My wallet is already so fat it's worn holes in the seats of my last couple of pairs of work slacks before the rest of the material collapsed.
But I guess credit card companies haven't been watching this major international development because they keep sending me more opportunities to get some platinum gold bronze silver plastic with low annual percentage rates or no annual fee or airline miles or contributions to my favorite charity or the logo of my favorite college football team emblazoned on the platinum plastic.
I don't suppose I'm unique in feeling overwhelmed with credit card offers, but out of curiousity I decided to save my mail for a month and see what turned up. I threw all the unsolicited mail I got for November into a box and then tabulated the results.
Well, as you guessed and I was too witless to realize in advance, the winner was catalogs oriented to the coming Christmas season.
There was the Guide to Performing Arts with 2,000 calendars inside. There was the baseball video catalog. There was Disney's Wonderful World of Reading (our youngest is 16). There were Best Buy, Lillian Vernon, Micron PC, Ashton-Drake Galleries and Gateway.
And I can't think of the last time I bought something from a catalog. If I had, the catalog load would probably be herniating the mail carrier.
While catalogs dominated, I was also hit with what I have found to be a growing category -- alumni solicitations.
UCLA, which cheerfully ignored me for 20 years, discovered my whereabouts only a couple of years after they decided they couldn't trust Sacramento anymore and would go to work on the endowment fund. Then, they found my wife, although they think she went to the School of Engineering when she was an art major.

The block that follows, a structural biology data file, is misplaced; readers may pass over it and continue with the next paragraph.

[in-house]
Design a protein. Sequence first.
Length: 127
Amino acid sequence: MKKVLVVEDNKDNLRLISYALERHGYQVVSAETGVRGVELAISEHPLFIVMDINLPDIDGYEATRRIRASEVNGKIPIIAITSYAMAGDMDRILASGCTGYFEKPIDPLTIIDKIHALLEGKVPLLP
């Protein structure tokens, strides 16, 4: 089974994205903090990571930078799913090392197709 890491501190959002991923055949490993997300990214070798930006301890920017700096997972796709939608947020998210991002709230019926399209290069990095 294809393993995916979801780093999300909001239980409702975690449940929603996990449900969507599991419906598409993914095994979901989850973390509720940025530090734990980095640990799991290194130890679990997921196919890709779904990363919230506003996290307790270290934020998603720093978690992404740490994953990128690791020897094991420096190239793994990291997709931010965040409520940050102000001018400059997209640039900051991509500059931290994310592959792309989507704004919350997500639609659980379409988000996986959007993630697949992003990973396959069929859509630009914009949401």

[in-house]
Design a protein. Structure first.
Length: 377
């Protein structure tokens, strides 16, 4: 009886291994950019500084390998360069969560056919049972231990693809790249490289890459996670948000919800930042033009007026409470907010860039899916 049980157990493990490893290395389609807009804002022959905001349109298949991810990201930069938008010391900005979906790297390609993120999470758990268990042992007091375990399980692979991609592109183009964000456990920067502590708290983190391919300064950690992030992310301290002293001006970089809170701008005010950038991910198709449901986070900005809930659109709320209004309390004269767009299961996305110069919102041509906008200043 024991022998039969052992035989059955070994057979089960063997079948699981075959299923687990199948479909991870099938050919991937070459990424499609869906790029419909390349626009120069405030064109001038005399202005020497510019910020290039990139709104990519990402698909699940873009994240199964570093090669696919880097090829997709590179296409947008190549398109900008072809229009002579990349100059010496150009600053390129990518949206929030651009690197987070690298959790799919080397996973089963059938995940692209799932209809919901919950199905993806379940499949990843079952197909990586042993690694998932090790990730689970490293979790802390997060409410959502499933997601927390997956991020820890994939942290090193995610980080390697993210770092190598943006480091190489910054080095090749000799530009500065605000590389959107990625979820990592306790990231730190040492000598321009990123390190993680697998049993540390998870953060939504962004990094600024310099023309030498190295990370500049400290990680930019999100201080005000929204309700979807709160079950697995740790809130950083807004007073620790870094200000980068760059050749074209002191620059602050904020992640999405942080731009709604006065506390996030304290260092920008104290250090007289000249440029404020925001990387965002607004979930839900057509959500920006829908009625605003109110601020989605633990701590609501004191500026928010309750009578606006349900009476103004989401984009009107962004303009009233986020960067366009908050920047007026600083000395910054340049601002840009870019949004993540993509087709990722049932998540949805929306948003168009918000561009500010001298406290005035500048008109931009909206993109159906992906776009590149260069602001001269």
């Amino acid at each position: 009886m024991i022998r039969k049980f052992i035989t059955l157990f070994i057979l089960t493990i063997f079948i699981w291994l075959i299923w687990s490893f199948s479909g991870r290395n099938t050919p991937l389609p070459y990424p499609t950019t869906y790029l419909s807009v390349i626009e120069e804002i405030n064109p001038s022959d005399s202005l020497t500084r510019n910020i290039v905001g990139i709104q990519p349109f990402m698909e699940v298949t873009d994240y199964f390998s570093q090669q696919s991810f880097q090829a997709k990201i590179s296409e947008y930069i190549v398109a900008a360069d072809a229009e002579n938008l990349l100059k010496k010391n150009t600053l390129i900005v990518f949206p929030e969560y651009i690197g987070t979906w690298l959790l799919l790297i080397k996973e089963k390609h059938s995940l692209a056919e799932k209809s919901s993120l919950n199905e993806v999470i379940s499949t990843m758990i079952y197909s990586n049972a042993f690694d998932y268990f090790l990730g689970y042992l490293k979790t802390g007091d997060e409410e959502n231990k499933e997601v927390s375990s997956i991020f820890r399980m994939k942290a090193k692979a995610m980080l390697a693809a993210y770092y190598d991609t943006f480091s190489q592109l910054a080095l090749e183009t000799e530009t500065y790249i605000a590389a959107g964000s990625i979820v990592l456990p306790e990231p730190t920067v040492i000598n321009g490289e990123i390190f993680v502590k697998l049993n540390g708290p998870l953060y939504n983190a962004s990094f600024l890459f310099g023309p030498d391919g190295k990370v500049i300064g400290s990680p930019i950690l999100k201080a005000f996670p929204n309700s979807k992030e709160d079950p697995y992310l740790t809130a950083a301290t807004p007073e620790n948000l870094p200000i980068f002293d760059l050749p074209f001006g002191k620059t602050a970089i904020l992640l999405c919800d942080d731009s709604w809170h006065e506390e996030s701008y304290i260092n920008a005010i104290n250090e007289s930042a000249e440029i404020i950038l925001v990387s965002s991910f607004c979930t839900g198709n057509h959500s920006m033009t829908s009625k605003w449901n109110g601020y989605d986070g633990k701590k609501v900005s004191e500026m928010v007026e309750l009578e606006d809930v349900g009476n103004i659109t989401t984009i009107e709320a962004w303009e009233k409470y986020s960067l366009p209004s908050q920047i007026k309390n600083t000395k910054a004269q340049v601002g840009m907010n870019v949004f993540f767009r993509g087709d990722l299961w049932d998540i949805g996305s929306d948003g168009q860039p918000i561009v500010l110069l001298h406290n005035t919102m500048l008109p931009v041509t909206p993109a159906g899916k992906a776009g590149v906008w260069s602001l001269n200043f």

I was tracked down by the privately funded student housing complex where I lived while I went to grad school in New York City. Guess what, they need financial help.
In the end, I received nine credit card offers, plus three letters from another card that doesn't seem to realize I canceled six months ago and an offer of "free" checks from one of our current cards. "Free" checks involves borrowing money from them in the hope I won't pay them back in full each month.
I don't know whether my economic status has suddenly been exalted without my knowing about it, or whether they simply don't do non-metal plastic anymore. But every card that was offered was platinum.
Actually, the Wal-Mart and J.C. Penney card offers weren't platinum. But the two retailers, by the way, were by far the most expensive cards offered -- with Wal-Mart at a 15.99 percent APR introductory rate and J.C. Penney at 21 percent.
All the offers, except one, skipped the annual fee. The introductory annual rates ran from 0 percent to 9.9 percent and the long-term rates from 9.9 percent up to the mid-teens for some based on the prime rate.
The one card with a fee also came with a fairly wide open airline miles offer. The exchange rate was the standard one mile of air time for each dollar charged on the card.
Of course, air miles weren't the only come-on. I could have my card decorated with art work from Michelangelo or Van Gogh.
Or, I could proudly proclaim my Irish heritage by putting an Irish flag in the upper right-hand corner and a Celtic Cross behind the raised lettering. Alternatively, I could lie to get that Swedish Moonlight motif -- not pictured but definitely tempting.